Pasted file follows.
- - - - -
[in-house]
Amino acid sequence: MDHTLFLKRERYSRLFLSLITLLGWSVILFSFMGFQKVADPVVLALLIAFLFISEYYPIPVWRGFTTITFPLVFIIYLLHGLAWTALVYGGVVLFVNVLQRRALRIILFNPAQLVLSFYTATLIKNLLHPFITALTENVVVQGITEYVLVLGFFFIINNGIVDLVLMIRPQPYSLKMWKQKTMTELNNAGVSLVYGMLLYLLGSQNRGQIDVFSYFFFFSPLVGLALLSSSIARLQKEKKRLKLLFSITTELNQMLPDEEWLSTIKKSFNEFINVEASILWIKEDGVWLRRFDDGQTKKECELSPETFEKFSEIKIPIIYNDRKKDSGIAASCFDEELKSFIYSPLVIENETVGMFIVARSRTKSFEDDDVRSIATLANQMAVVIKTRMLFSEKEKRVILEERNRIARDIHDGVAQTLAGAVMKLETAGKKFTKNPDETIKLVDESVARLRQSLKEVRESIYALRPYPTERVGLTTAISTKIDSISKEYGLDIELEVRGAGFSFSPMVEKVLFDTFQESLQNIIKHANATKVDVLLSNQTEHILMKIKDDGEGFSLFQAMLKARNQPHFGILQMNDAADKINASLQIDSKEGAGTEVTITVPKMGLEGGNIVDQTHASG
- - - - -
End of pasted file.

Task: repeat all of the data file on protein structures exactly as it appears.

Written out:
[in-house]
Amino acid sequence: MDHTLFLKRERYSRLFLSLITLLGWSVILFSFMGFQKVADPVVLALLIAFLFISEYYPIPVWRGFTTITFPLVFIIYLLHGLAWTALVYGGVVLFVNVLQRRALRIILFNPAQLVLSFYTATLIKNLLHPFITALTENVVVQGITEYVLVLGFFFIINNGIVDLVLMIRPQPYSLKMWKQKTMTELNNAGVSLVYGMLLYLLGSQNRGQIDVFSYFFFFSPLVGLALLSSSIARLQKEKKRLKLLFSITTELNQMLPDEEWLSTIKKSFNEFINVEASILWIKEDGVWLRRFDDGQTKKECELSPETFEKFSEIKIPIIYNDRKKDSGIAASCFDEELKSFIYSPLVIENETVGMFIVARSRTKSFEDDDVRSIATLANQMAVVIKTRMLFSEKEKRVILEERNRIARDIHDGVAQTLAGAVMKLETAGKKFTKNPDETIKLVDESVARLRQSLKEVRESIYALRPYPTERVGLTTAISTKIDSISKEYGLDIELEVRGAGFSFSPMVEKVLFDTFQESLQNIIKHANATKVDVLLSNQTEHILMKIKDDGEGFSLFQAMLKARNQPHFGILQMNDAADKINASLQIDSKEGAGTEVTITVPKMGLEGGNIVDQTHASG